TUBE, DRAFT 1, CHAPTER 19 (EXCERPT)
(NOTE: The train has stopped, half-buried in the snow, and this is the first moment of quiet after the blizzard.)
Cold to her bones, Olesya shrunk into the seat, peeking out the window.
Outside a steady whine of the wind droned, uninterrupted, like soporific wintry music. Suddenly there was a light patter of feet. It disturbed the pattern of sounds with distinct steps, quick precise steps of a dancer.
That hole that Olesya felt growing in her midriff dropped, leaving a terrible nothing in its place, and that nothing flooded with dread of what was about to come.
Someone...someone is outside. But how can they...in this weather...it’s suicide...
Movement. She thought she caught movement out of the corner of her eye, but when she flicked her eyes to that spot, there was nothing there except endless snowdrifts. Just as she began to relax, the steps appeared again, from the other side, more pronounced this time, aided with hushed giggling. Whoever made the noise cupped her hand over her mouth so as not to be heard. It was a she.
Olesya strained her eyes.
Her heart pounded in her ears.
Who is it...who could it be?
A hand slammed into the glass from outside, leaving a print, and was gone. Olesya recoiled, stifling a shriek. Her heart accelerated, thumping irregularly and painfully. She fought the desire to close her eyes and hide under the unfolded table. A breath, another, an intake of air, and she was looking outside again.
Over the embankment encased in white ran a series of footprints, not one but two or three. It was hard to tell. They crisscrossed each other in a definite pattern.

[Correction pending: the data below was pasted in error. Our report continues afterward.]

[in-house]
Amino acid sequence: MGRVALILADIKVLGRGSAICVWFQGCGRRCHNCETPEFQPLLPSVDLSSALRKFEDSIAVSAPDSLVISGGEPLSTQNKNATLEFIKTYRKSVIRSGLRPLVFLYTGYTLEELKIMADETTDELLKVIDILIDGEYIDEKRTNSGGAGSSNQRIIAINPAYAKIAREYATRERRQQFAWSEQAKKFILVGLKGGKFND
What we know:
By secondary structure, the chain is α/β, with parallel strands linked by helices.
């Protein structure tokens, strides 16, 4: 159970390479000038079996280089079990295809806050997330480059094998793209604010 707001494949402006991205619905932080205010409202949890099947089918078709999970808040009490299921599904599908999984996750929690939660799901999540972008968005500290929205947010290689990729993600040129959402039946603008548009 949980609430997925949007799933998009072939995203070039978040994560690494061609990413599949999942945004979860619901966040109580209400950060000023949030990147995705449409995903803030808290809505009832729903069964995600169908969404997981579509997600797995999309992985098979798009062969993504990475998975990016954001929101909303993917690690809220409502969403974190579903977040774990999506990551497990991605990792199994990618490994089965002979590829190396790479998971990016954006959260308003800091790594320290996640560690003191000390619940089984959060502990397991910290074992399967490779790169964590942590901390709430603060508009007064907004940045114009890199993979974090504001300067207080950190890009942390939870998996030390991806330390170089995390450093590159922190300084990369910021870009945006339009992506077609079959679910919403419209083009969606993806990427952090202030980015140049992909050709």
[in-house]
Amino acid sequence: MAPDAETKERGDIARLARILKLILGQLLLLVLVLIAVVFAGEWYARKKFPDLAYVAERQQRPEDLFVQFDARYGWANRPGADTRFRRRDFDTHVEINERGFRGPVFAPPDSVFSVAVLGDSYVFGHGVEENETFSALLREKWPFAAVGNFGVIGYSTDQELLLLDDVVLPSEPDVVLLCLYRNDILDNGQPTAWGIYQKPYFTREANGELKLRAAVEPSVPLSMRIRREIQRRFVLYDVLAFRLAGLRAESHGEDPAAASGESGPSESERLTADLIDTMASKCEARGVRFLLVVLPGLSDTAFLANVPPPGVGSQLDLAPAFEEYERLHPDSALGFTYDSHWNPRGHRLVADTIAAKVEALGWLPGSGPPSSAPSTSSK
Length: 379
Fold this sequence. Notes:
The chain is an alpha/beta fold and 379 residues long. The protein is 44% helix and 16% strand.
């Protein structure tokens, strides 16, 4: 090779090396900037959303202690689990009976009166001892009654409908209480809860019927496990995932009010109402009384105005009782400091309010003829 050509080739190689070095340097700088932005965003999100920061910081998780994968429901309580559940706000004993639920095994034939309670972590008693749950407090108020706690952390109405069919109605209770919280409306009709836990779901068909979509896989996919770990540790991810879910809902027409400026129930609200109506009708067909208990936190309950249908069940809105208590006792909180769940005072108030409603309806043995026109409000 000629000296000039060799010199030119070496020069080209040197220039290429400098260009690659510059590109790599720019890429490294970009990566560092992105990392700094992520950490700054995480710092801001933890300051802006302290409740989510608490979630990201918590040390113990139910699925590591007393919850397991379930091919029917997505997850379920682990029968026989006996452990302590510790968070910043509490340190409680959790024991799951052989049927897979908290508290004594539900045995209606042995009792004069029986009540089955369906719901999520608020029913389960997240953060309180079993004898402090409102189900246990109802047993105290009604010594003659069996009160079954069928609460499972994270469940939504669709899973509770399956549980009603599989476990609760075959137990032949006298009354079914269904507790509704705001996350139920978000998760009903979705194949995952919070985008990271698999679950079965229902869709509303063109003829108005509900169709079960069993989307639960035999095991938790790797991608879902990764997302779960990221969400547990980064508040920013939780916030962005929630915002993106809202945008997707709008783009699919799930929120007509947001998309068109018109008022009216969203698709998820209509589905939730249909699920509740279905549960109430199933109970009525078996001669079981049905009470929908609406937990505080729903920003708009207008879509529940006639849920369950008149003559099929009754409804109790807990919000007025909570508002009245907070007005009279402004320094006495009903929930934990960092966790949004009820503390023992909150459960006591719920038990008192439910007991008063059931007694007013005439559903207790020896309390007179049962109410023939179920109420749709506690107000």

It’s our steps...someone is dancing Serenade.
Whenever they learned a complicated pas de deux or grand pas or a particularly intricate billabile, Alla Borisovna traced the steps in chalk on the floor so they could follow the lines and memorize the sequence like a stage map, to recall later and follow it without a hitch. She prided herself on her pupils’ purity and synchronicity of their technique, something that was extremely hard to achieve in corps de ballet of more than twenty dancers. Their feet mashed the chalk with the dust on the floor, creating a reticulation of furrows and wrinkles.
And that was what Olesya saw, only imprinted in the snow. Dots, dashes, poxy depressions on the face of the frosted shelf that curved into the hazy abyss several yards away from the railway mound.
“The opening act,” she muttered, unaware of herself speaking aloud. “Me, Larisa, Inga, Katya...” An onslaught of goosepimples surged up her arms. She was already cold and didn’t think it was possible to get any colder, not just from outside but from inside too, deep inside her gut.
“I know whom you’re killing next,” she whispered to the train.